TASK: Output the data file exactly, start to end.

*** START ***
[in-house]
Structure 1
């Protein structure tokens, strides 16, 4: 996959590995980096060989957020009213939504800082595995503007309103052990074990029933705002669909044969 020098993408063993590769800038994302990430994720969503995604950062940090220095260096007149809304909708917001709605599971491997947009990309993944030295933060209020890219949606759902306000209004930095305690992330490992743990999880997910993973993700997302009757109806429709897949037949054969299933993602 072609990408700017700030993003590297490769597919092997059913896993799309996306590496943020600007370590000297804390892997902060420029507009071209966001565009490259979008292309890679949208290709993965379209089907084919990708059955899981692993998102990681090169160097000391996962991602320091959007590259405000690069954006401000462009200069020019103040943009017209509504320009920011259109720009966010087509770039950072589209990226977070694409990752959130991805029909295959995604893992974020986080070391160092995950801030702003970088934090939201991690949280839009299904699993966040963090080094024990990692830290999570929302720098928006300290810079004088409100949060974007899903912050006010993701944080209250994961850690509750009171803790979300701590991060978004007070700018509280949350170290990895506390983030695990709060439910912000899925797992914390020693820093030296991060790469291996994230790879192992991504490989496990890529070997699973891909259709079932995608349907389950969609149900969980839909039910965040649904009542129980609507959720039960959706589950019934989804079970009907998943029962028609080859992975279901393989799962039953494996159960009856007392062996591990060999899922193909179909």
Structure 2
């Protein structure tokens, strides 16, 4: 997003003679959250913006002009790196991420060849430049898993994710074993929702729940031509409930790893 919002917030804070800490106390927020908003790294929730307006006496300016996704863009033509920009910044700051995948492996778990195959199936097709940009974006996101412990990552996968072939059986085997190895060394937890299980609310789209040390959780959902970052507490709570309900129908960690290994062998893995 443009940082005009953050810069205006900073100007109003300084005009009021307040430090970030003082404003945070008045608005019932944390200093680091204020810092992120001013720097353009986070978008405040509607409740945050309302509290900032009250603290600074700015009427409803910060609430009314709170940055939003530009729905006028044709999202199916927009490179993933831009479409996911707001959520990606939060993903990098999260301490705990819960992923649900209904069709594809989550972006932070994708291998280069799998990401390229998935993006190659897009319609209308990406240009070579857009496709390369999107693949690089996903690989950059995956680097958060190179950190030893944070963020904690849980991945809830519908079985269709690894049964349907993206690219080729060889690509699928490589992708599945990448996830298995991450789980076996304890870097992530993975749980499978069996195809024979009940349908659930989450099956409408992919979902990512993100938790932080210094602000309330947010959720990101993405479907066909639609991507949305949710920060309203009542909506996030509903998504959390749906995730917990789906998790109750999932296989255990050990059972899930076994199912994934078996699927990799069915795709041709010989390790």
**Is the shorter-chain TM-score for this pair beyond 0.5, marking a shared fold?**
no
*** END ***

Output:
[in-house]
Structure 1
């Protein structure tokens, strides 16, 4: 996959590995980096060989957020009213939504800082595995503007309103052990074990029933705002669909044969 020098993408063993590769800038994302990430994720969503995604950062940090220095260096007149809304909708917001709605599971491997947009990309993944030295933060209020890219949606759902306000209004930095305690992330490992743990999880997910993973993700997302009757109806429709897949037949054969299933993602 072609990408700017700030993003590297490769597919092997059913896993799309996306590496943020600007370590000297804390892997902060420029507009071209966001565009490259979008292309890679949208290709993965379209089907084919990708059955899981692993998102990681090169160097000391996962991602320091959007590259405000690069954006401000462009200069020019103040943009017209509504320009920011259109720009966010087509770039950072589209990226977070694409990752959130991805029909295959995604893992974020986080070391160092995950801030702003970088934090939201991690949280839009299904699993966040963090080094024990990692830290999570929302720098928006300290810079004088409100949060974007899903912050006010993701944080209250994961850690509750009171803790979300701590991060978004007070700018509280949350170290990895506390983030695990709060439910912000899925797992914390020693820093030296991060790469291996994230790879192992991504490989496990890529070997699973891909259709079932995608349907389950969609149900969980839909039910965040649904009542129980609507959720039960959706589950019934989804079970009907998943029962028609080859992975279901393989799962039953494996159960009856007392062996591990060999899922193909179909």
Structure 2
């Protein structure tokens, strides 16, 4: 997003003679959250913006002009790196991420060849430049898993994710074993929702729940031509409930790893 919002917030804070800490106390927020908003790294929730307006006496300016996704863009033509920009910044700051995948492996778990195959199936097709940009974006996101412990990552996968072939059986085997190895060394937890299980609310789209040390959780959902970052507490709570309900129908960690290994062998893995 443009940082005009953050810069205006900073100007109003300084005009009021307040430090970030003082404003945070008045608005019932944390200093680091204020810092992120001013720097353009986070978008405040509607409740945050309302509290900032009250603290600074700015009427409803910060609430009314709170940055939003530009729905006028044709999202199916927009490179993933831009479409996911707001959520990606939060993903990098999260301490705990819960992923649900209904069709594809989550972006932070994708291998280069799998990401390229998935993006190659897009319609209308990406240009070579857009496709390369999107693949690089996903690989950059995956680097958060190179950190030893944070963020904690849980991945809830519908079985269709690894049964349907993206690219080729060889690509699928490589992708599945990448996830298995991450789980076996304890870097992530993975749980499978069996195809024979009940349908659930989450099956409408992919979902990512993100938790932080210094602000309330947010959720990101993405479907066909639609991507949305949710920060309203009542909506996030509903998504959390749906995730917990789906998790109750999932296989255990050990059972899930076994199912994934078996699927990799069915795709041709010989390790």
**Is the shorter-chain TM-score for this pair beyond 0.5, marking a shared fold?**
no